The Odd Life of Timothy Green is a different movie. In fact, you could say that it's odd. As the film opens, Jim (Joel Edgerton) and Cindy Green (Jennifer Garner) are interviewing for an adoption, and that's where they tell their amazing story.
The Greens are told early on that they cannot have children. Obviously this is heartbreaking news, and both Garner and Edgerton did a great job portraying the kind of heartbreak and sadness that goes with such news. They return to their house in Stanleyville and begin to attempt to move on.
However, before they move on, they discuss who their child would have been. Each takes turns writing down something special that their kid would have. After they've exhausted their dreams, they put the notes in a box and bury it in their garden. This is how Timothy (C J Adams) is grown.
This little boy is no regular child. He has leaves on his legs, leaves that are beautiful. Unfortunately, as most leaves do, they fade away as autumn comes and turns into winter. Before that happens, though, Timothy is able to touch many lives in the small town of Stanleyville including his parents'.
Some reviewers did not like The Odd Life of Timothy Green, which is an earnest and straightforward life-action kids movie from Disney. Sure, there are plenty of unbelievable things in this tear-jerker. Another thing it has against it is that it is 2 hours and 5 minutes long, which makes it tough for younger children to make it through the entire film.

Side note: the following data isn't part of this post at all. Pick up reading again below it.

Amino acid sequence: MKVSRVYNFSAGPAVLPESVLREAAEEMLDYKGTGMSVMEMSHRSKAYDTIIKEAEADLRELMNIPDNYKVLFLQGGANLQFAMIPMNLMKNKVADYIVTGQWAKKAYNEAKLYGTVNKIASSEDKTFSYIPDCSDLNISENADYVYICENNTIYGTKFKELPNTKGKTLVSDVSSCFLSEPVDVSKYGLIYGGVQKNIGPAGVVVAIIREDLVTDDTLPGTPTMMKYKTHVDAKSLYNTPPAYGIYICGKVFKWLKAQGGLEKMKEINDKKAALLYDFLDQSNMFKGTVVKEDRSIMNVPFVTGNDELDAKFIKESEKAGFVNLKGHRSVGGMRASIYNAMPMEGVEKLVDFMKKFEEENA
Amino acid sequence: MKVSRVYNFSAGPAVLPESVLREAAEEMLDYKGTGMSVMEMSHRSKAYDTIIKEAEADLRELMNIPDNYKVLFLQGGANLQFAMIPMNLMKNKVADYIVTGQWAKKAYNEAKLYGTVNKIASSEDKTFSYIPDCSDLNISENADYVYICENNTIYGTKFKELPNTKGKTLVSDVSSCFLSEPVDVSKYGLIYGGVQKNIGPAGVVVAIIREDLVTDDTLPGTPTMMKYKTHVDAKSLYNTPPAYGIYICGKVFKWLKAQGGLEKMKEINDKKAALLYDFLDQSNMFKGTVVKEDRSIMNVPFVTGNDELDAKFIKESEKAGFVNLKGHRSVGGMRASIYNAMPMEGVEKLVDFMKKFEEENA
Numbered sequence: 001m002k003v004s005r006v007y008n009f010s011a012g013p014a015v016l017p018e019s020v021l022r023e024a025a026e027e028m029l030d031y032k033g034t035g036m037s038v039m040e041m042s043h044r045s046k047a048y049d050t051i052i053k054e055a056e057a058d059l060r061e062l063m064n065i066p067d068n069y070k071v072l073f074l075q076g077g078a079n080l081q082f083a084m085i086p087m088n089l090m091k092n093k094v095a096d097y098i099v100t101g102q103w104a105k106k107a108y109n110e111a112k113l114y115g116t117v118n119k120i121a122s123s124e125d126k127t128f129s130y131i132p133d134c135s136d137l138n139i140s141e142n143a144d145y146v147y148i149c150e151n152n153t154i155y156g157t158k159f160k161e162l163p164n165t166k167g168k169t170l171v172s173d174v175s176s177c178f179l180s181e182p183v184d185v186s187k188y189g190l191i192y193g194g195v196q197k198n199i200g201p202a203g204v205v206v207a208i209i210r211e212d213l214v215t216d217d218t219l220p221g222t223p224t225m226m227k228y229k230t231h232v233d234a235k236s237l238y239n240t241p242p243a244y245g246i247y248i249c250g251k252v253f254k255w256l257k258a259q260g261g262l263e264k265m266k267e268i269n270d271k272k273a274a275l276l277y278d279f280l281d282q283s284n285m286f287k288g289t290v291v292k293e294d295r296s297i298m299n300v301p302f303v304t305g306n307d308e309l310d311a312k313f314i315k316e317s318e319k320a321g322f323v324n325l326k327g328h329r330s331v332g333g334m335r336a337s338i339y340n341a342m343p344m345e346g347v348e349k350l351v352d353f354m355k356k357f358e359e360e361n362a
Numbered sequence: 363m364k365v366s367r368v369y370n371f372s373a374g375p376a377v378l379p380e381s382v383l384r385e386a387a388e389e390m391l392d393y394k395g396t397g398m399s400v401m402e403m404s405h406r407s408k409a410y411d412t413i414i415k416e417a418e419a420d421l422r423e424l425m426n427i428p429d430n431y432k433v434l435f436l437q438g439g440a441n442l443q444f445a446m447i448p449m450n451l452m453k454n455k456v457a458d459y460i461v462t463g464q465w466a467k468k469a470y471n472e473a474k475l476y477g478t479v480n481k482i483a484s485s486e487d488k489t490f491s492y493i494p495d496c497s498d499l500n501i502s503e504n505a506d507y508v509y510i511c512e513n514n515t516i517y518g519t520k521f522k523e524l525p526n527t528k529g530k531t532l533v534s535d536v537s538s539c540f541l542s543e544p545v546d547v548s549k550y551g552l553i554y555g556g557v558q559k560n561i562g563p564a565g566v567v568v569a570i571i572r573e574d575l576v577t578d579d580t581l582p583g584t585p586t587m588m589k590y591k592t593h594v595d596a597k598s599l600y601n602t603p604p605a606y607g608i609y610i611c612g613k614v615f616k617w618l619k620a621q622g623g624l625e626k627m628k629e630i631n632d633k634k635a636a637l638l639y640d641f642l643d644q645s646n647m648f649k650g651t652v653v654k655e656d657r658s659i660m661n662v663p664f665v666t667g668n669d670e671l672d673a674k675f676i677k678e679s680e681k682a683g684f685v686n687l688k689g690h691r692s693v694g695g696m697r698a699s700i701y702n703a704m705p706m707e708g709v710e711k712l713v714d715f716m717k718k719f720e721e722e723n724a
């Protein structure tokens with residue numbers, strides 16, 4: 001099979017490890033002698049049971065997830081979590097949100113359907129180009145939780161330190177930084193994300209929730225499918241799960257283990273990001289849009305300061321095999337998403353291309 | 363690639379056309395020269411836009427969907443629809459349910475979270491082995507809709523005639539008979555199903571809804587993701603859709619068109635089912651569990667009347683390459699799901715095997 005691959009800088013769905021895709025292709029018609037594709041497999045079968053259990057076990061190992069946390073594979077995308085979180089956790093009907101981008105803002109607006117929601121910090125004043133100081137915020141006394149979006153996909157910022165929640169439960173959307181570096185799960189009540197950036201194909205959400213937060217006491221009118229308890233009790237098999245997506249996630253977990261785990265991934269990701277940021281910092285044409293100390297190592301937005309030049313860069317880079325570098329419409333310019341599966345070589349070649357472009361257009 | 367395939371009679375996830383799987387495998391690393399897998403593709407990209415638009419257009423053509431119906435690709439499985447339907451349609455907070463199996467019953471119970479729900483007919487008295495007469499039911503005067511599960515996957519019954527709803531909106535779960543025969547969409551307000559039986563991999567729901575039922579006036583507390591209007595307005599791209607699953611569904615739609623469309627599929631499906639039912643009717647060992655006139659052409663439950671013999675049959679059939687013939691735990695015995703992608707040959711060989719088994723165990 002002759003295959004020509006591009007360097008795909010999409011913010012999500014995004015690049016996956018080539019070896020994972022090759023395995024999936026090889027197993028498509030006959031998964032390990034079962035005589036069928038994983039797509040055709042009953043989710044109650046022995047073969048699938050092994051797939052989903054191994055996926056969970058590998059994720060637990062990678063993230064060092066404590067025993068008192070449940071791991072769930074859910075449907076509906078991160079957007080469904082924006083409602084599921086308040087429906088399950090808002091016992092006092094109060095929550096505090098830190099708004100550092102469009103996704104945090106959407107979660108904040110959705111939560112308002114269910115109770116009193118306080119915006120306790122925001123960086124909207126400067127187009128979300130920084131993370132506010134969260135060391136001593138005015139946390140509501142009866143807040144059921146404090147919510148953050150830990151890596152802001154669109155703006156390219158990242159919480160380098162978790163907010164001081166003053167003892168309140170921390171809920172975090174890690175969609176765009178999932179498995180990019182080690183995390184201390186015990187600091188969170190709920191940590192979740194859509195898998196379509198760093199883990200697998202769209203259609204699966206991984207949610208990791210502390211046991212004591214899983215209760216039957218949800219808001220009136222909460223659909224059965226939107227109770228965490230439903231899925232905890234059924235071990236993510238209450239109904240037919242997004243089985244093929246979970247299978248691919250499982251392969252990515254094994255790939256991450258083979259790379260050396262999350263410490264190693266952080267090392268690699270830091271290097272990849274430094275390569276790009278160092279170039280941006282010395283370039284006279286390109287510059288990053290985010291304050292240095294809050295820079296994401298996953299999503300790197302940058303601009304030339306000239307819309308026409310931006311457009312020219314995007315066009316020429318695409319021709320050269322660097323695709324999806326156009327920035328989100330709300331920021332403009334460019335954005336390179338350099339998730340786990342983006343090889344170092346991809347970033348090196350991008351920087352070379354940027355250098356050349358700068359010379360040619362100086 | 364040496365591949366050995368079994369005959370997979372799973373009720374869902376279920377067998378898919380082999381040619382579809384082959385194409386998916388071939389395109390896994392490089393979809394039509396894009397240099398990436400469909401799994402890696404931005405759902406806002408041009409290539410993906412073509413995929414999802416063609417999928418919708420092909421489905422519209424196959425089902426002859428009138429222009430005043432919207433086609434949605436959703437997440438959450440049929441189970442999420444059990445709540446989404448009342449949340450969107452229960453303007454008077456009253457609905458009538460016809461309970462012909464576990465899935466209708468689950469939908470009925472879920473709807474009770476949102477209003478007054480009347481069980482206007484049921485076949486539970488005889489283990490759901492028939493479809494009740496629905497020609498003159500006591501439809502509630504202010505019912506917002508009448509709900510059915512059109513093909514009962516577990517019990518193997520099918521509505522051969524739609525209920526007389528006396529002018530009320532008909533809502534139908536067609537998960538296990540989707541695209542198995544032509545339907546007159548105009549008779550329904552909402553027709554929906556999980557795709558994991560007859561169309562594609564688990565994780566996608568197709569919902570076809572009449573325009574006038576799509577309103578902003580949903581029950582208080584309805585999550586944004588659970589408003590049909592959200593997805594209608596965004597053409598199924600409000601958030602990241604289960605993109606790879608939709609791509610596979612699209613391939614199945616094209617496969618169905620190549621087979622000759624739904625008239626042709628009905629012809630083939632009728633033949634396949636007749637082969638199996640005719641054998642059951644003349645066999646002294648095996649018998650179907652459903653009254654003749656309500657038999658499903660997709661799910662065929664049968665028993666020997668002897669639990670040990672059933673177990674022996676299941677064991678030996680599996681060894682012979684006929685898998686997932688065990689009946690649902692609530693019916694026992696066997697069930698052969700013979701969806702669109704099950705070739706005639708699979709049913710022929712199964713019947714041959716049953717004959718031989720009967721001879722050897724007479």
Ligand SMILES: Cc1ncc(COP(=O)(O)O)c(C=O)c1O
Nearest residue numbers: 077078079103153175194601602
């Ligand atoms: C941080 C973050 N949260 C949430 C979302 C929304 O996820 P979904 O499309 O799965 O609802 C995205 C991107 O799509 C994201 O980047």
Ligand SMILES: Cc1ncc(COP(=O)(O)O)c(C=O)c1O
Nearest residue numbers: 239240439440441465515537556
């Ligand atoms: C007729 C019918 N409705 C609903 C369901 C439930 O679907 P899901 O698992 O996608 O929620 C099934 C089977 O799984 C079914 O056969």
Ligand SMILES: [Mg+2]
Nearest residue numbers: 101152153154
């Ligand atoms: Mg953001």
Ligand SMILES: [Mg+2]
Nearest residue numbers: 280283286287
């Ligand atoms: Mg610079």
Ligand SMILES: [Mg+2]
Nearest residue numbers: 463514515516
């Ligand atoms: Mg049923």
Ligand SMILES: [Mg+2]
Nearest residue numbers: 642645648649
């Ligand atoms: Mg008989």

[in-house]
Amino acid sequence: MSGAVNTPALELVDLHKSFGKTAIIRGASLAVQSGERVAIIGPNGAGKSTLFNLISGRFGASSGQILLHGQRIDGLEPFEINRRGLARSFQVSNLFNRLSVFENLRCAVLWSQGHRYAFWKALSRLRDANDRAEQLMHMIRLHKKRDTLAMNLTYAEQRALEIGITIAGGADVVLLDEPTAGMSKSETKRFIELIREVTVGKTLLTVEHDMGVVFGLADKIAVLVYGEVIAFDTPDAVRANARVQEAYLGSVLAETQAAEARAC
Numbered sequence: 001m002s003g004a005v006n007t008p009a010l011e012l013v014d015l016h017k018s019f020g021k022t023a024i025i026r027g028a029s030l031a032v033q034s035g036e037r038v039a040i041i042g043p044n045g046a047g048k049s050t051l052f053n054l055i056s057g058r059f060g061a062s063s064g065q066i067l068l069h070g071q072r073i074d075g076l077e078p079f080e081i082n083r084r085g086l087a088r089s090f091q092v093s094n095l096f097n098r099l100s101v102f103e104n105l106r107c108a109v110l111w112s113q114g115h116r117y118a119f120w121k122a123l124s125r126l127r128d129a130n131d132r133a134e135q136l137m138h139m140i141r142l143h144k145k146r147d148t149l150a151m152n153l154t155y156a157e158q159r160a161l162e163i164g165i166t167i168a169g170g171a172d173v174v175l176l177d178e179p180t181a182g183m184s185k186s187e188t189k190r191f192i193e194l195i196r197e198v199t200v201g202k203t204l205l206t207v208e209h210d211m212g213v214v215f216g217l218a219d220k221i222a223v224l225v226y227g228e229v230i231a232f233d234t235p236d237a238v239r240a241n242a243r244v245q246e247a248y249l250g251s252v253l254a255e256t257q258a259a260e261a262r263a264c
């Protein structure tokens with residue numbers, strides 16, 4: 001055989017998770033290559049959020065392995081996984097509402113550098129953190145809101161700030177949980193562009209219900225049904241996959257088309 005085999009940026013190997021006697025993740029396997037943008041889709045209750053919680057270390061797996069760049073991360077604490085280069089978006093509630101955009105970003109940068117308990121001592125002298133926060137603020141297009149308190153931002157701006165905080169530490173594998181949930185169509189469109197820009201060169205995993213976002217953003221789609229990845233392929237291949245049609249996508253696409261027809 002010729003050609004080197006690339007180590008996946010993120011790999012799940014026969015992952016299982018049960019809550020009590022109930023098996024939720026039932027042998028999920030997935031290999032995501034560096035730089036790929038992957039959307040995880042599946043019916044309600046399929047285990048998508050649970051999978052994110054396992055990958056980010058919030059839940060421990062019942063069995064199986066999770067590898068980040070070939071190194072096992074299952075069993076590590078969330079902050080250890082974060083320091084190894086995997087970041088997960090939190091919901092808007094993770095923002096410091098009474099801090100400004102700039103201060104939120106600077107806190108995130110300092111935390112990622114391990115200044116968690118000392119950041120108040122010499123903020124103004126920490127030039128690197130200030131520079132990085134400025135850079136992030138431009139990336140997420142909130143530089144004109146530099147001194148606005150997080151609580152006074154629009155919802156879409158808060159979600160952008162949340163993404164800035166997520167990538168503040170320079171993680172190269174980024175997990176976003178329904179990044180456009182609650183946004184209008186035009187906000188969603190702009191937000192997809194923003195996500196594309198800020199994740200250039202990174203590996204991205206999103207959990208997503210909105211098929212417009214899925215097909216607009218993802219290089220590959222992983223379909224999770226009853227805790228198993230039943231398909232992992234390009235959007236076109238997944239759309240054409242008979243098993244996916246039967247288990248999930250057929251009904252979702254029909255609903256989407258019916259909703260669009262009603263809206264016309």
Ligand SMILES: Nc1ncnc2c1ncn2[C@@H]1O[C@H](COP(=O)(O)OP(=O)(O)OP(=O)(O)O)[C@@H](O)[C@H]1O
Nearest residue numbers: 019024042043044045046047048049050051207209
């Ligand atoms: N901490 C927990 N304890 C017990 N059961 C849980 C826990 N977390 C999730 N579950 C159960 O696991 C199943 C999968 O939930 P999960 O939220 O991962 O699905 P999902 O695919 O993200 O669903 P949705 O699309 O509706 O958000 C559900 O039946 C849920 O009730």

Also, depending on your child and his or her age, be prepared to answer many questions. They could range from "why is she sad she can't have a baby?" to "did I grow from a plant, momma?" The toughest question will be, "Momma, what happened to Timothy? Did he die?" These questions are tough to answer for children, so make sure you have a response in advance, so that you can have a meaningful conversation about these topics. More details can be found in this Parent's Guide to The Odd Life of Timothy Green.
This movie has a lot of things going for it. For instance, the parents admit they make mistakes, and it is obvious that they do. Also, the fact that it highlights the struggle and pain of infertility is another plus.
In the movie, Cindy tells Timothy, "It's okay to be different. A little weird, even." Ultimately, that is the premise. "Different" can be good. This movie is good. Be prepared to cry especially if you have children and/or if you have struggled with infertility. Don't be ashamed of your tears just because many of the other movie critics are "above" such nonsense. It's okay to be different from them, just like this movie taught.
Check out the movie's trailer in the video below.